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Maine has become the first state to allow prescription drugs to be purchased abroad, CBS News reports.

In September 2012 Maine’s attorney general halted a partnership between Portland, Maine and a Canadian prescription provider, CanaRx, which sold medications from Canadian pharmacies at a lower cost than U.S. pharmacies. The program was shut down because of pressure from drug companies, according to the article.

Local legislators passed a law reinstating the program this month to help deal with the rising cost of health care. Portland Mayor Michael Brennan said the law “allows us to re-institute a program that has been very successful in the city…Cities across the country are looking at ways to reduce health care costs. One of the most significant cost drivers within health care is the cost of pharmaceutical or prescription drugs.” Brennan noted ordering drugs from Canada saved Portland employees more than $3 million from 2004 to 2012.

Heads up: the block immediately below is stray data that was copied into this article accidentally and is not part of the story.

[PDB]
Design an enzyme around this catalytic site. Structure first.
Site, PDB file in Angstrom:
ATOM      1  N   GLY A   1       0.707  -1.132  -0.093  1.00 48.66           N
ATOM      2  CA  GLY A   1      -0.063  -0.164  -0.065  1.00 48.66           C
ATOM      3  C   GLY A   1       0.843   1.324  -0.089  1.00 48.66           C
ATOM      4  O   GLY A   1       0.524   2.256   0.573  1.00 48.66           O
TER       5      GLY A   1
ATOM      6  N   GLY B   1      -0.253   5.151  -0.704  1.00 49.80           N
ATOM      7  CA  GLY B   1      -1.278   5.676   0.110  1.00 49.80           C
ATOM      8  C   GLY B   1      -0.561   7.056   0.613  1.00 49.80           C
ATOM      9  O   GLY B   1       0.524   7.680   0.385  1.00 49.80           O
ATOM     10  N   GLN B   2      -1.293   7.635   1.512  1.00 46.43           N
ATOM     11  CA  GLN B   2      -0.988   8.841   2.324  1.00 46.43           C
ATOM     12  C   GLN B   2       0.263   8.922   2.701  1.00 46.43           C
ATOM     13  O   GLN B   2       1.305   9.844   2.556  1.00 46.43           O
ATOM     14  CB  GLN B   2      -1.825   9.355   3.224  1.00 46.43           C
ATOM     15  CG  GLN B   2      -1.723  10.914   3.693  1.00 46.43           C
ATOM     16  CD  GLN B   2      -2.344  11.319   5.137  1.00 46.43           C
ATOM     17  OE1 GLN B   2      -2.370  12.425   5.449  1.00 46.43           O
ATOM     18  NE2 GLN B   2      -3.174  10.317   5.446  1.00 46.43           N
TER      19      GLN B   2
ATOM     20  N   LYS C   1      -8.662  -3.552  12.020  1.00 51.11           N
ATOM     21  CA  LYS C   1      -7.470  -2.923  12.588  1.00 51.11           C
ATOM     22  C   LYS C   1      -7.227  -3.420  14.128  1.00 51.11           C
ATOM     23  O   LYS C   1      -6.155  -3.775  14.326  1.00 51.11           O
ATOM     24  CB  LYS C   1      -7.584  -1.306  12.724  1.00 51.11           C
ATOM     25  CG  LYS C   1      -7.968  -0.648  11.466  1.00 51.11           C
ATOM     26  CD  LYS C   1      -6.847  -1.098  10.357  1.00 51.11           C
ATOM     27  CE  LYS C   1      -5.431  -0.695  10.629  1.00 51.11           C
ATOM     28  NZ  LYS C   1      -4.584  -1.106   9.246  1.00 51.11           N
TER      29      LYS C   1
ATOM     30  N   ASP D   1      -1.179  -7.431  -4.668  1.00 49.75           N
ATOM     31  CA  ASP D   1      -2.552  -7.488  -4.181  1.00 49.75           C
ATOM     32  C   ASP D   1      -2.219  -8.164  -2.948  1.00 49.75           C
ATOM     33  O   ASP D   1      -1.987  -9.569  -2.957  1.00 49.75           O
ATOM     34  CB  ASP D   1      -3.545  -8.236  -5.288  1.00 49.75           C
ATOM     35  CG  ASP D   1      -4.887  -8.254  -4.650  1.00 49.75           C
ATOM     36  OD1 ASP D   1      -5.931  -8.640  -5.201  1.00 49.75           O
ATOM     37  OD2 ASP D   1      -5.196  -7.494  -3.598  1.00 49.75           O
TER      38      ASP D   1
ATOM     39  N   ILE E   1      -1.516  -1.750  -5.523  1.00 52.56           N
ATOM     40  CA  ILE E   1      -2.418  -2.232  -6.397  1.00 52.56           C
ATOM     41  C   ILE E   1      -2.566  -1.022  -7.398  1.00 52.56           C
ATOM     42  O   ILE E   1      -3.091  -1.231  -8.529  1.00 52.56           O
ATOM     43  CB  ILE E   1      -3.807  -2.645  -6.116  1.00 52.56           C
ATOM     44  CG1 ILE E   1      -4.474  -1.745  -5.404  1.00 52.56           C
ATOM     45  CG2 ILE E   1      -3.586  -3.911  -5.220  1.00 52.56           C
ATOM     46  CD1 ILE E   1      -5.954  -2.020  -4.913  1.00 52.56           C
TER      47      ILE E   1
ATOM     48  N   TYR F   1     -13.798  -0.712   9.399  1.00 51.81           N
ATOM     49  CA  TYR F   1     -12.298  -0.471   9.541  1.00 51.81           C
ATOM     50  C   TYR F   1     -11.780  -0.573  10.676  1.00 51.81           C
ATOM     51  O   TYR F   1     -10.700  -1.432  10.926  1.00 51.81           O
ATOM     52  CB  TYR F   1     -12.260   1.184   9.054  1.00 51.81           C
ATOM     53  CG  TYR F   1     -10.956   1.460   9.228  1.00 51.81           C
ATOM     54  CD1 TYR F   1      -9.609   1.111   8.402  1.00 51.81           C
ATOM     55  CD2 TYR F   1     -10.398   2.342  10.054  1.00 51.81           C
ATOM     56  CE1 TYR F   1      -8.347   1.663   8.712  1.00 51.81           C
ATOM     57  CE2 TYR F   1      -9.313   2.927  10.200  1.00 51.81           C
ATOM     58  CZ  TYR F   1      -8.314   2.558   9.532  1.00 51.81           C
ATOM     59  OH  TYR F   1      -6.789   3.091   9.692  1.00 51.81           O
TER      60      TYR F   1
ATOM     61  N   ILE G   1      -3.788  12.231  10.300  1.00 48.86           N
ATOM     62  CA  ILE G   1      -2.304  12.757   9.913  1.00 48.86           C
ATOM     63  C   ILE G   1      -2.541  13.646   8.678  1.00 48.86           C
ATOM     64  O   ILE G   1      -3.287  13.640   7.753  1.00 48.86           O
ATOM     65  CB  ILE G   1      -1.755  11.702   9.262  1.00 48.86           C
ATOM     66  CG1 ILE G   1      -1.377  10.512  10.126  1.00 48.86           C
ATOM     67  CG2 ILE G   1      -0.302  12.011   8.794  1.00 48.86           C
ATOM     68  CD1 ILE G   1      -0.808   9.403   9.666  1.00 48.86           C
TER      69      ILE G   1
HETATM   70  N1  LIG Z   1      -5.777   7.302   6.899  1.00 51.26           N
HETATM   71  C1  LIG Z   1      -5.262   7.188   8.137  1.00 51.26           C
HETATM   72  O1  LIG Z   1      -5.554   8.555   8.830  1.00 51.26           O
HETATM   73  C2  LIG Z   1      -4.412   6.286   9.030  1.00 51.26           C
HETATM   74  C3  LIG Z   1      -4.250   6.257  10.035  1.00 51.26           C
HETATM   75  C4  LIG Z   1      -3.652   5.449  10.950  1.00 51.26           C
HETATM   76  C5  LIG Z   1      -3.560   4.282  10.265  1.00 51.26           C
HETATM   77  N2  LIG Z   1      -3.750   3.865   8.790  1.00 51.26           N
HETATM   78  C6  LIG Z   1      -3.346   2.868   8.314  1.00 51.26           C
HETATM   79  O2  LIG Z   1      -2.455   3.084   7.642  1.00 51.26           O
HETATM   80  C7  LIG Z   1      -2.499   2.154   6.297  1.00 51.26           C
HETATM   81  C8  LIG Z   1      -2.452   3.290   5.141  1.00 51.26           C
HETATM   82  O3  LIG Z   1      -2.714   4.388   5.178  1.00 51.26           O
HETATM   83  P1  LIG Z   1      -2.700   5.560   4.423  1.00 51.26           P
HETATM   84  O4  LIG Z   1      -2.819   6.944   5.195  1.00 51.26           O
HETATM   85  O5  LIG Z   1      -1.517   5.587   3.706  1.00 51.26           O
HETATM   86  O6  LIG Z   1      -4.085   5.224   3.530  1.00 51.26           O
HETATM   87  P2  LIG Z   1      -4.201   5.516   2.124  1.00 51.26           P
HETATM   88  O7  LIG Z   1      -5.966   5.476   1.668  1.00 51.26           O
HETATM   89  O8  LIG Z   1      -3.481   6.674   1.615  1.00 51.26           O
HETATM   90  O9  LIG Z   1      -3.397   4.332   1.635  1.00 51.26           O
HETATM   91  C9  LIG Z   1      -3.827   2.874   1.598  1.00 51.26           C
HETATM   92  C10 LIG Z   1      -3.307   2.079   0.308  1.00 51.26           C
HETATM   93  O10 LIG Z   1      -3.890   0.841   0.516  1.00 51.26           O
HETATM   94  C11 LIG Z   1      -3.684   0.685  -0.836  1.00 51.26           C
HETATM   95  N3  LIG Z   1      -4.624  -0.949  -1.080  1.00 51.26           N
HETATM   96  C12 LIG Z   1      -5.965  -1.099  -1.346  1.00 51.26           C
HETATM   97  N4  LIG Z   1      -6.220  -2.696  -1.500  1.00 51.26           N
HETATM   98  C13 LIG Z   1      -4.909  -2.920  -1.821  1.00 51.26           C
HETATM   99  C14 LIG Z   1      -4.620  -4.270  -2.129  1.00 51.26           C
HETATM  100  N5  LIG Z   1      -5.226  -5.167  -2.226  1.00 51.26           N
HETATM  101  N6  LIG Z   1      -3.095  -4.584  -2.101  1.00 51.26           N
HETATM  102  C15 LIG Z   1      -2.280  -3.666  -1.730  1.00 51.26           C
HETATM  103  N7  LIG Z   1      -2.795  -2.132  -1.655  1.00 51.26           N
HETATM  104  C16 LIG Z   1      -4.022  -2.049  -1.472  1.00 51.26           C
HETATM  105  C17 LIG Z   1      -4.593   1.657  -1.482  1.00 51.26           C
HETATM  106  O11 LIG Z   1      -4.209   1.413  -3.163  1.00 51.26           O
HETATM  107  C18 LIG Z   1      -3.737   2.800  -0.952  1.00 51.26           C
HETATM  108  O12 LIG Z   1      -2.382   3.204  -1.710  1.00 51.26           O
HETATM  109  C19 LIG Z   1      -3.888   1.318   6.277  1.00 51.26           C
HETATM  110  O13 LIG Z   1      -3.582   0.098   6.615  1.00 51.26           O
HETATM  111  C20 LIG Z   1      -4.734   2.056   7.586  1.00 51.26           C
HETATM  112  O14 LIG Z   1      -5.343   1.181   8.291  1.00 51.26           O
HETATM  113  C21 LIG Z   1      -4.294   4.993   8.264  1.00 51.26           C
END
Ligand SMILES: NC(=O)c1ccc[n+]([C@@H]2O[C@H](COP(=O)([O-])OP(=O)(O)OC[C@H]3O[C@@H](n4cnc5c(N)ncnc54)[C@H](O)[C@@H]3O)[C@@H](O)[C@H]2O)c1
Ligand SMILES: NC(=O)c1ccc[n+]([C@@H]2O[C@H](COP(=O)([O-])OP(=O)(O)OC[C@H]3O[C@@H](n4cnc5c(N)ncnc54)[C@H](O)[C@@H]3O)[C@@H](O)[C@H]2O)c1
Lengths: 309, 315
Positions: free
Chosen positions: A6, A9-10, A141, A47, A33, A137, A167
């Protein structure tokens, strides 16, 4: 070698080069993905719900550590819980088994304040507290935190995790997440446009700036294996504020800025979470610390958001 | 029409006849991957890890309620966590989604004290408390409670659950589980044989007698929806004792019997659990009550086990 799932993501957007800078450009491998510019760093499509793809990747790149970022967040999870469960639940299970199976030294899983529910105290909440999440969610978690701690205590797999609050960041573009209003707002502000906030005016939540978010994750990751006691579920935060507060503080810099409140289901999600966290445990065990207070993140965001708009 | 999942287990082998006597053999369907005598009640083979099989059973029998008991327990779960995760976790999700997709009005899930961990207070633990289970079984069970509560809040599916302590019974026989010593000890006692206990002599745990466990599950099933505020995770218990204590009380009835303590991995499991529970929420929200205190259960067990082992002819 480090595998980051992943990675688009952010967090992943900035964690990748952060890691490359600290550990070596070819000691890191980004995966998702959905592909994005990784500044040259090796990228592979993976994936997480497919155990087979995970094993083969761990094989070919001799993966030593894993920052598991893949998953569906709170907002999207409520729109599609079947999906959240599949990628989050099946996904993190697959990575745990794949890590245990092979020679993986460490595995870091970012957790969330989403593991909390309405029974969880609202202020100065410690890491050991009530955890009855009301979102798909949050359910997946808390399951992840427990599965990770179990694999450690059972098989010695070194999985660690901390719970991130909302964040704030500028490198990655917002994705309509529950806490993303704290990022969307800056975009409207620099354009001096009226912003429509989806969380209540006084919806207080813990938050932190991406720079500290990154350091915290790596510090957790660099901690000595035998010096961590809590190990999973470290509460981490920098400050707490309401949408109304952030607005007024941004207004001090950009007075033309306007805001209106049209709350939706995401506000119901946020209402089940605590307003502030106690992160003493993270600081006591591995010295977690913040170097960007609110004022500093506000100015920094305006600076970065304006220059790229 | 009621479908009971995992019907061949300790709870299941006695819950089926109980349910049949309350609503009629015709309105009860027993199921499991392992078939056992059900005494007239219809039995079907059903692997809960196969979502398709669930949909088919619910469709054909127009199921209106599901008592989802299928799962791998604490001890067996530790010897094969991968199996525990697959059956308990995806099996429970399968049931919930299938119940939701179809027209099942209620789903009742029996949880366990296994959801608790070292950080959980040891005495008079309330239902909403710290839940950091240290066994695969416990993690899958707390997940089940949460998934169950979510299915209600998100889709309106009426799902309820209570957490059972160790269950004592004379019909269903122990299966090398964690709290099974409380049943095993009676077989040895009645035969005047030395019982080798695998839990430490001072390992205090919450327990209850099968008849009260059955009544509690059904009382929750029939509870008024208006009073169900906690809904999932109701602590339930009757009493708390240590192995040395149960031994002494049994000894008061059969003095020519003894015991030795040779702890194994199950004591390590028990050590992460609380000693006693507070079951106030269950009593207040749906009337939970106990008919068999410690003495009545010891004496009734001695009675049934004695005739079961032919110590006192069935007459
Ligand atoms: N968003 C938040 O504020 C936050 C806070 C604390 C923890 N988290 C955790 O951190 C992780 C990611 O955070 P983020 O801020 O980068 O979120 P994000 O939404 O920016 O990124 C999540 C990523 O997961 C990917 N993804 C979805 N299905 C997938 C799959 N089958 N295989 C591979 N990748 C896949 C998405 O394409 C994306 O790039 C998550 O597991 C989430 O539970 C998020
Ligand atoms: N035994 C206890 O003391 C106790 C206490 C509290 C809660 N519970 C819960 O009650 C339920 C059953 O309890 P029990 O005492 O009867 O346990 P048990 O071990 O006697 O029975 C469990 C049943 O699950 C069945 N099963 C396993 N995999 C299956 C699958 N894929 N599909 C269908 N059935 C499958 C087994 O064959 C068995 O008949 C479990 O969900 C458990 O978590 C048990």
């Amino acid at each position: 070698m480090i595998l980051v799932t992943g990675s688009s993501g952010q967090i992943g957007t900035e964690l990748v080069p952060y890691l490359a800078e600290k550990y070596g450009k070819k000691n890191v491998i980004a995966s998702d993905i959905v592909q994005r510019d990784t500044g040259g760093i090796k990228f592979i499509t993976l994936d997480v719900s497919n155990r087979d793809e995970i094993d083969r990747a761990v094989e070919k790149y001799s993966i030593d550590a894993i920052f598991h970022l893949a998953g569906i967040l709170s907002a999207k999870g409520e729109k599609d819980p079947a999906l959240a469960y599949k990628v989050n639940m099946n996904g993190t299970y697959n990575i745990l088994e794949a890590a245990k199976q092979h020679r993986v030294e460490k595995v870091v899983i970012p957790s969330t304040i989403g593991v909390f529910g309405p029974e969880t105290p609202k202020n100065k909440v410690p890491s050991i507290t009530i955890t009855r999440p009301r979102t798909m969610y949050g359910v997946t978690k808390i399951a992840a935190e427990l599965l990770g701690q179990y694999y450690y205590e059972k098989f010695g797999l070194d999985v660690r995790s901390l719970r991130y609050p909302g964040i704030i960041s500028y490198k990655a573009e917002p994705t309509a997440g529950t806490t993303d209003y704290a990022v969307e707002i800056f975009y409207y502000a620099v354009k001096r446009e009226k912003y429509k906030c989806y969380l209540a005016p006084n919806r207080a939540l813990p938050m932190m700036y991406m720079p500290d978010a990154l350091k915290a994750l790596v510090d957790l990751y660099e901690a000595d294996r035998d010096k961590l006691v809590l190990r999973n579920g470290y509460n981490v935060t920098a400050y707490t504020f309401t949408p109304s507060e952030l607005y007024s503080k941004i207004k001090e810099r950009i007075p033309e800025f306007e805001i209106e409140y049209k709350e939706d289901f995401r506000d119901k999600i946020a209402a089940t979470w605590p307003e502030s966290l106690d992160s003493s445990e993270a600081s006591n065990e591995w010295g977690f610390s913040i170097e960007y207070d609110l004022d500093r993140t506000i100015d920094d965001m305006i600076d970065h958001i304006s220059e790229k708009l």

Pharmaceutical companies are suing Maine over the new law, arguing it “puts Maine residents at risk of serious harm.” Critics of the law point out that drugs imported from Canada may have been produced in another country with few safety regulations. They say buyers could be purchasing drugs that are counterfeit or dangerous.

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